When outsiders think of San Escobar they usually imagine rolling waves lapping onto white sand beaches. the soothing warmth of the sun hovering like a quilt and a quaint main street with colonial architecture, diagonal parking, a hardware store run by the same family for 85 years and a movie theater that shows one film a week and sells popcorn tossed with freshly-churned local butter for $3 a carton.
And that's exactly what recently former United States Army Special Operations Forces Sgt. Murray Rubinstein discovered two years ago on his first trip to the island country of 13,000 people that - until last week - was somewhat of a "secret island nation", located 100 kilometers off the coast of east Belize.
"After what I had been doing for more than a decade, San Escobar was paradise found, so I decided to move here and open a little restaurant," Rubinstein said via Skype early Sunday morning. "Who knew?"
What Murray was "who knewing" about was the news that broke Saturday that his "little restaurant", 'il Pierogi Palace" had been awarded two coveted Michelin stars, the first restaurant in the Southwest hemisphere to be so honored by the prestigious guide.
"I thought it was a joke when I got the Skype call from Michelin," said Rubinstein. "He looked like a drunk and sounded like a comedian doing an over-the-top French accent. But, then, just when I was about to disconnect, Joel Robuchon stood next to him and I knew it was for real."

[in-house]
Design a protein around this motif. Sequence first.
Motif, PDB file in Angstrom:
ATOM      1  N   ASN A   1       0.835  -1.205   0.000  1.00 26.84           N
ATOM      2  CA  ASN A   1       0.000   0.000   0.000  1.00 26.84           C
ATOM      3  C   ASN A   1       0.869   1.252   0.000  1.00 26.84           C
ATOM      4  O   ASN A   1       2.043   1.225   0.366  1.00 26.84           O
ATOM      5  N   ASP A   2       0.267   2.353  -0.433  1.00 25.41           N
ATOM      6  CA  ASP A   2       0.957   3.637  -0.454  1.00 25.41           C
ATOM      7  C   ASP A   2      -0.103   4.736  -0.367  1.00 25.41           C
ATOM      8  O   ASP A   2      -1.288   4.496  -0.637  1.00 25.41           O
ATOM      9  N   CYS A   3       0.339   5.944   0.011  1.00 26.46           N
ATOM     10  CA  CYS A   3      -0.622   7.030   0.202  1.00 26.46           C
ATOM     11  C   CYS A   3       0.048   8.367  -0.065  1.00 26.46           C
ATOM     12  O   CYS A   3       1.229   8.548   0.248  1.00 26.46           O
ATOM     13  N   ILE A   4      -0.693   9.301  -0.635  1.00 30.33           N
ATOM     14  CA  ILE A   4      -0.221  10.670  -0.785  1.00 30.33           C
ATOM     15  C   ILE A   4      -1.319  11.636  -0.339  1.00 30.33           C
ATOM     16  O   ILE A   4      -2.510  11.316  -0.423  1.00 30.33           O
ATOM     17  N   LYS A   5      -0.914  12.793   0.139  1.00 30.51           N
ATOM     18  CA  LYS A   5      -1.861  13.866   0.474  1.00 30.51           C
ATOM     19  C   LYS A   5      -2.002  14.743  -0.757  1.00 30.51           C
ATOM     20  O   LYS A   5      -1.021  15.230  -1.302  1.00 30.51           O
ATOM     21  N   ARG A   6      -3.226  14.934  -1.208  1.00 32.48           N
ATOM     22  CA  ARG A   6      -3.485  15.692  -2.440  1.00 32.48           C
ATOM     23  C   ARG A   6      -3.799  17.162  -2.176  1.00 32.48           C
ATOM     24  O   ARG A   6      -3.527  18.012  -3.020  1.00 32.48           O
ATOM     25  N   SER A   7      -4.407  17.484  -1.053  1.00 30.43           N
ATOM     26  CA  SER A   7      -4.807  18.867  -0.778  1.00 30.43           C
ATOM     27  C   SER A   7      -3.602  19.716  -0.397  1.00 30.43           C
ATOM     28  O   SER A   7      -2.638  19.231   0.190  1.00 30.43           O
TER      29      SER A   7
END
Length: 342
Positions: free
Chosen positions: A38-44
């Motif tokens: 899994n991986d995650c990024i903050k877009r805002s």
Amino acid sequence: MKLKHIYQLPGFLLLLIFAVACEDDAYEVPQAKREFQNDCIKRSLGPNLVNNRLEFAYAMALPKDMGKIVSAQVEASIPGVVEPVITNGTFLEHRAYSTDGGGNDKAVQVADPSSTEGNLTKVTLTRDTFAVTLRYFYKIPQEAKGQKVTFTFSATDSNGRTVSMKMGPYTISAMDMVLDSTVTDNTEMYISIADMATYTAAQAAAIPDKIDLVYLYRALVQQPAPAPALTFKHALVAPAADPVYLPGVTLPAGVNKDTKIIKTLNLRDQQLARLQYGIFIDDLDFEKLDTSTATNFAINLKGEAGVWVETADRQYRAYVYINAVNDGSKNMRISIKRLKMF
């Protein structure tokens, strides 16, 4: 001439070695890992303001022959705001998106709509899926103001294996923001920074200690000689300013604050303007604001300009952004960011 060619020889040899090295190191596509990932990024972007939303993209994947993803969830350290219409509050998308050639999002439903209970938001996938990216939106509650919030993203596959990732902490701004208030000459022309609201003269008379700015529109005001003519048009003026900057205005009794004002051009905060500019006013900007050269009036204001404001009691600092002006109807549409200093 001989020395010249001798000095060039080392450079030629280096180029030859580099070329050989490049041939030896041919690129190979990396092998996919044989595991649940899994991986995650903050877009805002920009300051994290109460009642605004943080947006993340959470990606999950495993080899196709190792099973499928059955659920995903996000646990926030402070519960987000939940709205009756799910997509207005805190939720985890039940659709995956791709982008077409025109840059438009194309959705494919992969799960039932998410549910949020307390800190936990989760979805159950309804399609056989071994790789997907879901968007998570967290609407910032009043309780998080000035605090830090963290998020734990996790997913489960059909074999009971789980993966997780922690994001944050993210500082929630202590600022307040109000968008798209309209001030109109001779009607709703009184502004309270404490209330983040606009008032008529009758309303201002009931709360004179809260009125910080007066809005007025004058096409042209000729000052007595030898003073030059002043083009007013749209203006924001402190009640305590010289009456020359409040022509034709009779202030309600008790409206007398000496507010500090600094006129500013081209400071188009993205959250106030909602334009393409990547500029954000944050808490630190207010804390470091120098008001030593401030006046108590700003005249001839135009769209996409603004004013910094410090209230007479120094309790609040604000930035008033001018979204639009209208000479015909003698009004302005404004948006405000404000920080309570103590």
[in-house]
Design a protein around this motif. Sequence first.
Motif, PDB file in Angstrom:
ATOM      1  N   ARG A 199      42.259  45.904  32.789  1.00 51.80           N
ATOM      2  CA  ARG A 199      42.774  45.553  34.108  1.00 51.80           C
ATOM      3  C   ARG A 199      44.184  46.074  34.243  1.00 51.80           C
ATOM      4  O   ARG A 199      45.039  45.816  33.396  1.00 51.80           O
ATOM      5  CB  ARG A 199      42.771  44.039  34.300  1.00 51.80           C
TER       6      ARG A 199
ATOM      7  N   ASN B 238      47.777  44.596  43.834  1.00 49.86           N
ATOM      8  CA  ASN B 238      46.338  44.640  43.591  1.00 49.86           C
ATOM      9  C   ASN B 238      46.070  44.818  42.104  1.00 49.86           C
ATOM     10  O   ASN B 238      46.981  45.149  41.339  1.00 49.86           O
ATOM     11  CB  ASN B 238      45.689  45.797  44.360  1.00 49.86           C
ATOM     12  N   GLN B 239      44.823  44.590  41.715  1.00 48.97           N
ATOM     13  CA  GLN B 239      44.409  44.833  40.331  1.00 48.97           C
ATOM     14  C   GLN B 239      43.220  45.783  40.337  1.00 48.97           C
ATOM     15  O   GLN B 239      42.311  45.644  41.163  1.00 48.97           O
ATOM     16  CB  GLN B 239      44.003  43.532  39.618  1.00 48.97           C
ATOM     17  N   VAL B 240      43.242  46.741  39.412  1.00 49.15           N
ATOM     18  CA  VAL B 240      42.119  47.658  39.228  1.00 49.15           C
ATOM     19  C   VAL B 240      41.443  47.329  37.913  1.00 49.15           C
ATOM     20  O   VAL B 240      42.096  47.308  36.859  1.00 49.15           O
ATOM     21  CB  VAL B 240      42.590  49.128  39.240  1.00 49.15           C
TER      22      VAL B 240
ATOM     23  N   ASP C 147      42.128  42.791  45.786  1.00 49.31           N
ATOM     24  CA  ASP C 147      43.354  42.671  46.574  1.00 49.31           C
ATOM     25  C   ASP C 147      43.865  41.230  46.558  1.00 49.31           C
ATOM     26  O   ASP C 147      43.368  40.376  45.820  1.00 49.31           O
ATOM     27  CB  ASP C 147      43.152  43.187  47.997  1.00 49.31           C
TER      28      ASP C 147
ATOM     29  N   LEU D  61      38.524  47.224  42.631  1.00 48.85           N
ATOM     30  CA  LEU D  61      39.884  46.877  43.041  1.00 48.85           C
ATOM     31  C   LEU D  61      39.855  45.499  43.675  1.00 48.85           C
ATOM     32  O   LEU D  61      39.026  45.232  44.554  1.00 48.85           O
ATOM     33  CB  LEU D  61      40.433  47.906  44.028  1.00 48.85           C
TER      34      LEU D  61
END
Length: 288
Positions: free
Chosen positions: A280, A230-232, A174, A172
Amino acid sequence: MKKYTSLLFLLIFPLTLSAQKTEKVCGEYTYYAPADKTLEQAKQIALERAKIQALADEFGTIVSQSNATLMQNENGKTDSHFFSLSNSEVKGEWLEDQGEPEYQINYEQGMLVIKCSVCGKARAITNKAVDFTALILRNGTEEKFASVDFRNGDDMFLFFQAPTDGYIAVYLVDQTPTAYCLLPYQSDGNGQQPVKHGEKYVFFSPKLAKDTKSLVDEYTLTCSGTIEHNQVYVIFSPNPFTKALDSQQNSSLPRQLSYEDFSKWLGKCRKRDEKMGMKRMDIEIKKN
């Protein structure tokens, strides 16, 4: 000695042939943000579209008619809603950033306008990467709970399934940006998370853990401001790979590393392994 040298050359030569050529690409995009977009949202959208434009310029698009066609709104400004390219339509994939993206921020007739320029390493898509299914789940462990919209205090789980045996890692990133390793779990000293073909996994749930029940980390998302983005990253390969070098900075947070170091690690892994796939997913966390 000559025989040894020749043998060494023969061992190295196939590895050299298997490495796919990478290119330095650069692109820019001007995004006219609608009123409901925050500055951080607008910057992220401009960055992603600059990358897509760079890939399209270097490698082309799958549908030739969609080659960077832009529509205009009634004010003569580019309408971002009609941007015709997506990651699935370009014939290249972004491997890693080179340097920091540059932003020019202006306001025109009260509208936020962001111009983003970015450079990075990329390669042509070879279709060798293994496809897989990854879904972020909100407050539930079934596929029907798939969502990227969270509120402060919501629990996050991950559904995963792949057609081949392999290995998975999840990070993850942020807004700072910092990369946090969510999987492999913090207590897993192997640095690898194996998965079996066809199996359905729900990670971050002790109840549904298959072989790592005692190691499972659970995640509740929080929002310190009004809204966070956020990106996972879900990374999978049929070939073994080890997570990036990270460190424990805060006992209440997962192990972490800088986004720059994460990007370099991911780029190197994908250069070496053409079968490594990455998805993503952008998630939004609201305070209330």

Rubinstein lived in the "unreal" for many years. Born and raised in a 99.7% black neighborhood of North Philadelphia he said he had to prove himself early in life. "Look, I grew up on 21st and Montgomery and my name was Murray Rubinstin. It might as well as been Jewy Jew. I had to fight back or be squashed. I took my share of ass whuppins', but I earned respect. I learned a lot from the corner boys."
After the 2001 September 11 attacks, Rubinstein joined the Army and within a year he was a member of the 101st Airborne Division. After a year in Afghanistan, he was sent for further training at Fort Bragg and was made a member of the Army's zultra-elite Delta Force.
"Dude, I can't begin to tell you what I did in Delta for a few reasons, one of them being I was drunk most of the time", said Rubinstein who has been sober for more than two years except for drinking malt liquor. "I can say I was in Fallujah and Ramadi in Iraq, Tora Bora in Afghanistan, Benghazi in Libya, South Bangui in the Central African Republic and Watts in Los Angeles. And believe me, I was not whistling Dixie. My deployment was a never ending "Trouble in River City",
The trouble looks like it is over now.
Before opening Murray trained at Osteria Mozza in Los Angeles, one of the revered restaurants of living legend Nancy Silverton. It was from Silverton that Rubinstein learned the sweet - and savory - science of dough-making.
"Il Pierogi Palace " opened to rave reviews in the local papers and word spread to savvy foodies. His pierogis, made with both the traditional unleavened and radical leavened dough, are, in the words, of influential French restaurant critic Marcel "Puff" Duvlaueax, "Like eating a cumulus clouds filled with earthly delights."
The most popular pierogis are filled night-caught local fish including trout, white snapper, and overweight sea shrimp.
"MIchielin stars or not, I will be the same," said Rubinstien ho vowed that half of the 35 seats of his restaurant will be for locals. "That's what? Let's see. That's 17 and a half seats for my new peeps. I believe I as born for this opportunity."